If we are going to have a chance of changing their lives, we need another level of innovation. Not just technology innovation, we need system innovation, and that's what I want to discuss with you here in Davos today.
Let me begin by expressing a view that some do not share: The world is getting better, a lot better. In significant and far-reaching ways, the world is a better place to live than it has ever been.
Consider the status of women and minorities in society -- virtually any society -- compared to any time in the past.
Consider that life expectancy has nearly doubled during the last 100 years.
Consider governance, the number of people today who vote in elections, express their views, and enjoy economic freedom compared to any time in the past.
In many crucial areas, the world is getting better.
These improvements have been triggered by advances in science, technology, and medicine. They have brought us to a high point in human welfare. We're really just at the becoming of this technology-driven revolution in what people can do for one another. In the coming decades, we'll have astonishing new abilities: better software, better diagnosis for illness, better cures, better education, better opportunities and more brilliant minds coming up with ideas that solve tough problems.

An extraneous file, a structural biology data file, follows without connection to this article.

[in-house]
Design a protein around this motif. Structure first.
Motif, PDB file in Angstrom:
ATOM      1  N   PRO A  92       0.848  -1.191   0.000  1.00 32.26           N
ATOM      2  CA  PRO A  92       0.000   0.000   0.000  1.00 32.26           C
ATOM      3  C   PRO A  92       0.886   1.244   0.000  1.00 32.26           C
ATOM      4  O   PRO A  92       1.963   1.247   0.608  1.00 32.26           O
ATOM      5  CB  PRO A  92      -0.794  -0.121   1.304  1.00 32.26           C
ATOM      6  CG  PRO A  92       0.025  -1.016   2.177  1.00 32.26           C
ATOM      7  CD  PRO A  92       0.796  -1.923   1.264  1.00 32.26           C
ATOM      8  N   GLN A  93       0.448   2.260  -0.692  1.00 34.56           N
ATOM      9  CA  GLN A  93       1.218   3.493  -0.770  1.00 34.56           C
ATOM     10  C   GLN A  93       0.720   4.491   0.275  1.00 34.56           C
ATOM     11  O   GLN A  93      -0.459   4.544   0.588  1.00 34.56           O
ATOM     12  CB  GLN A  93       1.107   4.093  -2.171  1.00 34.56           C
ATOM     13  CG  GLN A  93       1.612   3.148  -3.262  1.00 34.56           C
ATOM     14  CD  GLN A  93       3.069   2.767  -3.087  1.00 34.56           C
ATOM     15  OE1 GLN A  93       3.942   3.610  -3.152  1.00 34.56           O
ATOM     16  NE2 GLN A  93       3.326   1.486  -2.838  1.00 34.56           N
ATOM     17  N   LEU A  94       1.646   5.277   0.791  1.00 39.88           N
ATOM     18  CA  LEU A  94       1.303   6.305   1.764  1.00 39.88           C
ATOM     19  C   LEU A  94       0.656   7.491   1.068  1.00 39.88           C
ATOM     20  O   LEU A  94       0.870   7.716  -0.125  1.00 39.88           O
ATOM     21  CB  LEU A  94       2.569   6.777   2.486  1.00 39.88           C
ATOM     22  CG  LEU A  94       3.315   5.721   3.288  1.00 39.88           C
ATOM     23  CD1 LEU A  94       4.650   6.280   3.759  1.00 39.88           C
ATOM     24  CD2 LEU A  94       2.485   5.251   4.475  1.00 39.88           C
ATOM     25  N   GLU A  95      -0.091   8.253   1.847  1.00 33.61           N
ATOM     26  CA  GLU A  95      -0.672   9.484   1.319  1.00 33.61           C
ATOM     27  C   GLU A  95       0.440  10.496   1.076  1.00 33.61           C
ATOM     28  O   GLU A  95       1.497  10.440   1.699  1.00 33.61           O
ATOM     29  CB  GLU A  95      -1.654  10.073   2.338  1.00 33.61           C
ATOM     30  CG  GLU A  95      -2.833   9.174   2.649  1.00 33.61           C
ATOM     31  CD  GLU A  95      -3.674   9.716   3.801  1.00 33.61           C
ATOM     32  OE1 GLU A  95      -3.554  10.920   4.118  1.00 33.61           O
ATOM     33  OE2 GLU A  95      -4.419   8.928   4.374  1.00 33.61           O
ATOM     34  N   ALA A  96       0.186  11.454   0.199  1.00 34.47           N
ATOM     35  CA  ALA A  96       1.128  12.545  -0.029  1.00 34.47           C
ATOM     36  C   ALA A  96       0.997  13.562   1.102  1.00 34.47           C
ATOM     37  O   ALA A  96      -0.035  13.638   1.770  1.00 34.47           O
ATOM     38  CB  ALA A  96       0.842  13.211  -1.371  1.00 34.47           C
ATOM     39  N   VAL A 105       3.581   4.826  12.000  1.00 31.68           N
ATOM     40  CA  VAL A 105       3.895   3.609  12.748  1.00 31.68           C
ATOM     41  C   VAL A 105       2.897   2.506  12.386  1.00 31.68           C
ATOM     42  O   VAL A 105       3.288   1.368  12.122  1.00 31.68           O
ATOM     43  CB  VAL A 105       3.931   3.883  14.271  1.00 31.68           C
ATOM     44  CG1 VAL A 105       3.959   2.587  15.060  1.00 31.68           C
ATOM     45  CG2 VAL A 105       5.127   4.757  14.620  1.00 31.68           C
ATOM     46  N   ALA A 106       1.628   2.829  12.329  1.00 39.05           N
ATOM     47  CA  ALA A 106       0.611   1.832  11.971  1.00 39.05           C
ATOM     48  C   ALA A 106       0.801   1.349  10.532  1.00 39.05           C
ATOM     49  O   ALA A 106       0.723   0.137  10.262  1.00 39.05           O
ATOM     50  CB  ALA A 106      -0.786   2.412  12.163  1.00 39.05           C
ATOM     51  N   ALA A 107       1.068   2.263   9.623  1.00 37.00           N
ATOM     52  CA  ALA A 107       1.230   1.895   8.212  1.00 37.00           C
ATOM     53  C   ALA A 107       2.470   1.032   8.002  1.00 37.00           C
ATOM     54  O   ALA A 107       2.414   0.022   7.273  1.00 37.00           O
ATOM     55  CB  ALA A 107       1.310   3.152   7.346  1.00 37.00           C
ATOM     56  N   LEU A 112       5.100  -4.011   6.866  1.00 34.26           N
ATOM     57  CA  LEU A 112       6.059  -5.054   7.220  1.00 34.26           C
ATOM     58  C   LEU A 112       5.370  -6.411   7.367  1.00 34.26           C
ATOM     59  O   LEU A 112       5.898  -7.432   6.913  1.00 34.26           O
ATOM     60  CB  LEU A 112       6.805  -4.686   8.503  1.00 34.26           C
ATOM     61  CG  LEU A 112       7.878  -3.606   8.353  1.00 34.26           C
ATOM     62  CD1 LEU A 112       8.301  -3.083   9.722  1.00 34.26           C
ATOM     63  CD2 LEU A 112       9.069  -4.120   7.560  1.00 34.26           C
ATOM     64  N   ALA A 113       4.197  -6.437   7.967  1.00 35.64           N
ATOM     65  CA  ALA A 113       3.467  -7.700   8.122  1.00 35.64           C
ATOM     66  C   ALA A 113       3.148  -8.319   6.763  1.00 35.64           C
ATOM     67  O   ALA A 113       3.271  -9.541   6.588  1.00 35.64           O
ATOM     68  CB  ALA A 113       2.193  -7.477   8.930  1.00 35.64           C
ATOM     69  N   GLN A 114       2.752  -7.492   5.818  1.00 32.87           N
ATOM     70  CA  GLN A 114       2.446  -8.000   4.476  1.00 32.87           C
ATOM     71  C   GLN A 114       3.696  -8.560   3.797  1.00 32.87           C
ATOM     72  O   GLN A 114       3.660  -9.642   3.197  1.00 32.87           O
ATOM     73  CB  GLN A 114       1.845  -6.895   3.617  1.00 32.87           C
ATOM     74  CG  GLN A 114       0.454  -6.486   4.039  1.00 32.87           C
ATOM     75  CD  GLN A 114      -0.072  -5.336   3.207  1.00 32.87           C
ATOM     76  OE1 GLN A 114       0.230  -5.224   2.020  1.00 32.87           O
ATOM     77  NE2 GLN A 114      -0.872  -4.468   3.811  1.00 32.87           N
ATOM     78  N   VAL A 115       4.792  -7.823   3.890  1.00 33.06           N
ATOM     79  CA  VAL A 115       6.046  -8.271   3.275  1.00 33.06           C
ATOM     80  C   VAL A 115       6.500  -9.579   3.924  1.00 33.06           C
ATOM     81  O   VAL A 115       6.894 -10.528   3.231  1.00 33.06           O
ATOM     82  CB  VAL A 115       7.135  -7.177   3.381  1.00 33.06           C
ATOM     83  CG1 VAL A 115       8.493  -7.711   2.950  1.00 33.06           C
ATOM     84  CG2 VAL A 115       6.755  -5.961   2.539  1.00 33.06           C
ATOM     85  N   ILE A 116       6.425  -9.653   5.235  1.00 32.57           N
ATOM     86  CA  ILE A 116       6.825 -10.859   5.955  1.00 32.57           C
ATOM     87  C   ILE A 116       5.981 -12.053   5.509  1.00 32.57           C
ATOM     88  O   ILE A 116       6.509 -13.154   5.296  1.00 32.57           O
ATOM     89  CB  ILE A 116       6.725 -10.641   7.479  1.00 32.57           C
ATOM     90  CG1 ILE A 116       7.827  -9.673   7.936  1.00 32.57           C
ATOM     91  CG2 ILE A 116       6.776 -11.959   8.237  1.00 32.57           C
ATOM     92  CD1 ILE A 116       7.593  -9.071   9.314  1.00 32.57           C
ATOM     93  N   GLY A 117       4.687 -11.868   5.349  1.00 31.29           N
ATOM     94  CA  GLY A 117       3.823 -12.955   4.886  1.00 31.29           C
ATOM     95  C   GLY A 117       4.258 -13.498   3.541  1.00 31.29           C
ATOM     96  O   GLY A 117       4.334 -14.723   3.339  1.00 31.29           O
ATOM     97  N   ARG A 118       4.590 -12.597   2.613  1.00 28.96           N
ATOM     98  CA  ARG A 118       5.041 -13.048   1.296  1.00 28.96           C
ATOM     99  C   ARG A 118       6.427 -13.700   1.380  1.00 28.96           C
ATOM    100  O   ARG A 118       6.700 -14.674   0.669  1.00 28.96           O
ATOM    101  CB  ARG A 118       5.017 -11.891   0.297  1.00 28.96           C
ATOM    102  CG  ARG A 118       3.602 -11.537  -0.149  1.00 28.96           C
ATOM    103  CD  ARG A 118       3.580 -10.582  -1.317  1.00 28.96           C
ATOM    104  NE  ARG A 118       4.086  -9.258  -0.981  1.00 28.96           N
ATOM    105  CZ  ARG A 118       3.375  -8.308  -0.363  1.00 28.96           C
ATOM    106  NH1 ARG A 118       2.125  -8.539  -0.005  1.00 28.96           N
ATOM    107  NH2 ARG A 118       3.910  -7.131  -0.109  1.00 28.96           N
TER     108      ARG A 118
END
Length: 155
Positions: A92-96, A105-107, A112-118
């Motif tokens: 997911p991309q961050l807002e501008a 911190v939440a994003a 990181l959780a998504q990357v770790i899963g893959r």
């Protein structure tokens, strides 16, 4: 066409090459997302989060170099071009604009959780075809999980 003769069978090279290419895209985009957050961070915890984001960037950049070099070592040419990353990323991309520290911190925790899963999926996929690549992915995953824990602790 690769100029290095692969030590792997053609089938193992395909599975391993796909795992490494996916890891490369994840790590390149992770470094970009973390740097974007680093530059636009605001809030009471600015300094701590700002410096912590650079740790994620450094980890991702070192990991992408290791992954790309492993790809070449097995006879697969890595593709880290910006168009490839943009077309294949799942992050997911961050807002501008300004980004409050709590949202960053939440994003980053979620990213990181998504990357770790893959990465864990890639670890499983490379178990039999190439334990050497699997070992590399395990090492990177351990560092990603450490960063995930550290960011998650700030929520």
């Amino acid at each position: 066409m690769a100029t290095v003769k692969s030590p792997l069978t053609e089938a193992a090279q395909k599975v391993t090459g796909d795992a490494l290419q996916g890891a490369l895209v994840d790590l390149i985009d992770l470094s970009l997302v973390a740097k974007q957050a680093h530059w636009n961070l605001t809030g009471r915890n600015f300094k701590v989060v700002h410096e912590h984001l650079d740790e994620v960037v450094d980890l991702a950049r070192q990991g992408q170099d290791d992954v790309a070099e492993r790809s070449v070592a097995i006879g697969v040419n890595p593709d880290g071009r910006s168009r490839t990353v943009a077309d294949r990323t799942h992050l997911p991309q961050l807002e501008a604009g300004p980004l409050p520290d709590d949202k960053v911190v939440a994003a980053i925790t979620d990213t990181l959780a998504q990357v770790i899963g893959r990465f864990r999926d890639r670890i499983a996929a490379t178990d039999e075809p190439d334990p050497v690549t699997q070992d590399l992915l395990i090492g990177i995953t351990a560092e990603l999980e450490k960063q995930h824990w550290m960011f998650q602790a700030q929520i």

This is how I see the world, and it should make one thing clear: I am an optimist.
But I am an impatient optimist. The world is getting better, but it's not getting better fast enough, and it's not getting better for everyone.
The great advances in the world have often aggravated the inequities in the world. The least needy see the most improvement, and the most needy get the least -- in particular the billion people who live on less than a dollar a day.
There are roughly a billion people in the world who don't get enough food, who don't have clean drinking water, who don't have electricity, the things that we take for granted.
Diseases like malaria that kill over a million people a year get far less attention than drugs to help with baldness.
So, the bottom billion misses the benefits of the global economy, and yet they'll suffer from the negative effects of economic growth they missed out on. Climate change will have the biggest effect on people who have done the least to cause it.
Why do people benefit in inverse proportion to their need? Well, market incentives make that happen.